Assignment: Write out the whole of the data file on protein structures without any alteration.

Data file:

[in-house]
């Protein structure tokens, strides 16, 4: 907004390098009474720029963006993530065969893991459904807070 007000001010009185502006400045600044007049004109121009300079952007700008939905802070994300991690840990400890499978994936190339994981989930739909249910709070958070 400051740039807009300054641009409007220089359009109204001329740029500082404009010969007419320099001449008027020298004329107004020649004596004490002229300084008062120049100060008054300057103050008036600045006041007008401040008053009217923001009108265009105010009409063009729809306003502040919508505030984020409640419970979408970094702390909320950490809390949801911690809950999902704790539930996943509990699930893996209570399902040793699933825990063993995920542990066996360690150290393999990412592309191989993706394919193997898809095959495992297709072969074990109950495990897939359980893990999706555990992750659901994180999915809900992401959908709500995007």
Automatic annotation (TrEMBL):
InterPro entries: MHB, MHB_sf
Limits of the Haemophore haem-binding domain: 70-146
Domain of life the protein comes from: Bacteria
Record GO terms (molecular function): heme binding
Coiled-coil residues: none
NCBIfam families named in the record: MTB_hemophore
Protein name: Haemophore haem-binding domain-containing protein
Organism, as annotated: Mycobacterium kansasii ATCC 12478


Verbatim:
[in-house]
């Protein structure tokens, strides 16, 4: 907004390098009474720029963006993530065969893991459904807070 007000001010009185502006400045600044007049004109121009300079952007700008939905802070994300991690840990400890499978994936190339994981989930739909249910709070958070 400051740039807009300054641009409007220089359009109204001329740029500082404009010969007419320099001449008027020298004329107004020649004596004490002229300084008062120049100060008054300057103050008036600045006041007008401040008053009217923001009108265009105010009409063009729809306003502040919508505030984020409640419970979408970094702390909320950490809390949801911690809950999902704790539930996943509990699930893996209570399902040793699933825990063993995920542990066996360690150290393999990412592309191989993706394919193997898809095959495992297709072969074990109950495990897939359980893990999706555990992750659901994180999915809900992401959908709500995007």
Automatic annotation (TrEMBL):
InterPro entries: MHB, MHB_sf
Limits of the Haemophore haem-binding domain: 70-146
Domain of life the protein comes from: Bacteria
Record GO terms (molecular function): heme binding
Coiled-coil residues: none
NCBIfam families named in the record: MTB_hemophore
Protein name: Haemophore haem-binding domain-containing protein
Organism, as annotated: Mycobacterium kansasii ATCC 12478